[ExI] insanity plea

spike spike at rainier66.com
Mon Feb 25 03:29:04 UTC 2013

>... On Behalf Of Anders Sandberg
Subject: Re: [ExI] insanity plea

On 24/02/2013 20:08, spike wrote:
>>... Ja agree sir, but you understate your case in an important way. Just 
> the discussion of the possibility of restricting gun ownership to the 
> mentally ill would compel the mentally ill to refuse to seek treatment 
> for fear that they could lose the ability to purchase a firearm.

>...OK, maybe I am terribly European here, but that argument sounds pretty
crazy to me. How many people regard their ability to buy guns more important
than seeking treatment if they can?

Anders the small minority we really do want to disarm are exactly those who
would avoid psychiatric treatment because of the risk of future inability to
own firearms.  Probably most wouldn't really care that much, the ones who
are harmless.  But plenty of people already own firearms, I would guess
somewhere around half in the USA.  If it is illegal for the mentally ill to
buy firearms, what of the ones they already own?  If they purchased while
sane, then became crazy, are they required to sell?  If they are crazy, can
we trust them to do the background check correctly on the buyer?  Are the
crazy allowed to buy ammo?  If not, are they allowed to buy reloading
equipment?  If not, can two crazies get together and one own the reloading
gear and the other own the powder and lead?  So many questions.

Consider next the possibility of the infrastructure to do background checks
being used by landlords and employers.  If anyone may not buy a weapon for
any reason, I don't even need to know what it is, I don't want them.

All that being said, there is a potential here for a very rare consensus
across the political spectrum: propose gun-purchase background checks in
such a way that everyone's arrest records and mental health history is
available to everyone.  Anyone who is not found in those public records must
be assumed crazy or criminal.  The gun people would likely go for that.  If
the anti-gun people want background checks badly enough, they will go for it
too.  No sending in forms and waiting several days, it must be instant
gratification, look up the eligibility right away.  Otherwise the buyer just
goes elsewhere, to someone who will sell the weapon illegally.  Reasoning:
if someone may own a firearm legally, the buyer doesn't break any laws from
buying from a seller who does not do a background check; rather it is the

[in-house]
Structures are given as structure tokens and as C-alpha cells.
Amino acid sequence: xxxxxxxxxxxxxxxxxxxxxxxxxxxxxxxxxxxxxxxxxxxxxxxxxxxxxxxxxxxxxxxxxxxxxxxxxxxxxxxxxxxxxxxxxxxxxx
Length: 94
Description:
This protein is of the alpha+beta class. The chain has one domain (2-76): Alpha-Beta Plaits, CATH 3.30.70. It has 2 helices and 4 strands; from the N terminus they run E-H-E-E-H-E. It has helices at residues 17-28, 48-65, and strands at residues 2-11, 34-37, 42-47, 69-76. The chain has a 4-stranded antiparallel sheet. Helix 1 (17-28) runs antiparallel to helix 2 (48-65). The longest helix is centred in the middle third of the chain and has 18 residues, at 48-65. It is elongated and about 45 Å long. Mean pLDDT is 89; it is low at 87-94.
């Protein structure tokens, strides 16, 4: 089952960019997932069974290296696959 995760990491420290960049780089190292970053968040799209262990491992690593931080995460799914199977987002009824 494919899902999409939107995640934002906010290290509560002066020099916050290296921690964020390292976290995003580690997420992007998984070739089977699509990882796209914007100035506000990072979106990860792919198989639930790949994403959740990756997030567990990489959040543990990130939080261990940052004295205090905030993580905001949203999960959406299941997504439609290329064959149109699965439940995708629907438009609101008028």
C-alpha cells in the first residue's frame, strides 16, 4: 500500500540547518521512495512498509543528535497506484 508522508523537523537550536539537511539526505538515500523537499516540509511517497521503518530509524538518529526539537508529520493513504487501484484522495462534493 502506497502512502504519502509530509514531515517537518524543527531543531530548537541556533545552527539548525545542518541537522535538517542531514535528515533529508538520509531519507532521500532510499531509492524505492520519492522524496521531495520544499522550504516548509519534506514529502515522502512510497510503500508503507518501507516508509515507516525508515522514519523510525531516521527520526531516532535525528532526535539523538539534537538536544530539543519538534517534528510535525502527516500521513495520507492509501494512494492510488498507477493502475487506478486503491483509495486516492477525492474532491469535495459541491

seller who takes the risk.  So, for background checks to be effective, they
must be an open database, available to everyone.  Deal!

>...I could be able to see it in regards to driver's licences, since not
having one in the US is presumably severely handicapping, so presumably
people would not seek treatment for disorders that would impair their
ability to get one...

True, this happens all the time.  If one has severe eyesight problems in
one's middle aged years when there is no requirement to take DMV eye tests
more than about once a decade, one would be better off not seeing an
optometrist, for fear they might contact the DMV to inform them this patient
cannot see.  The drivers' license cannot be risked: as you point out, in the
US, one is practically crippled without one.  We have a half-assed bus
system, but it is inadequate for most purposes, and will likely only get
worse in the future, much worse, as the bills come due for our past

>...How many people avoid having their epilepsy or bad eyesight diagnosed
because of this? Surely some, but enough to be a serious problem?  Anders

Hmmm, probably not a serious problem, but I know personally of three such
cases, two eyesight related and one epilepsy, where the patient is not
seeking treatment because of risk to the drivers' license.  It happens.  I
don't consider it a huge risk, but it is a non-zero risk.  Around where I
live, we don't really have all that many elderly drivers.  The Silicon
Valley isn't an ideal retirement spot for so many reasons; it really just
isn't geared for that.  It is for go-go get-rich-quick types, not really
very much to attract seniors.  It's crazy expensive, the traffic is nuts.
But my hometown where I grew up is terrifying, especially to motorcycle
riders, oy vey.  So many elderly there now, especially now that the space
center has mostly shut down and plenty of the old timers just stayed right
where they have lived for the past 50 years.  I know plenty like that.
Driving there is scary.

As with the anonymous psychology patient, it seems like we could set up
anonymous optometrist and an anonymous neurologist.  Hey, there's an idea
for all these doctors who do not want to work under the new US medical
system: open a shop which takes only cash, in exchange for a promise to not
ask who you are.


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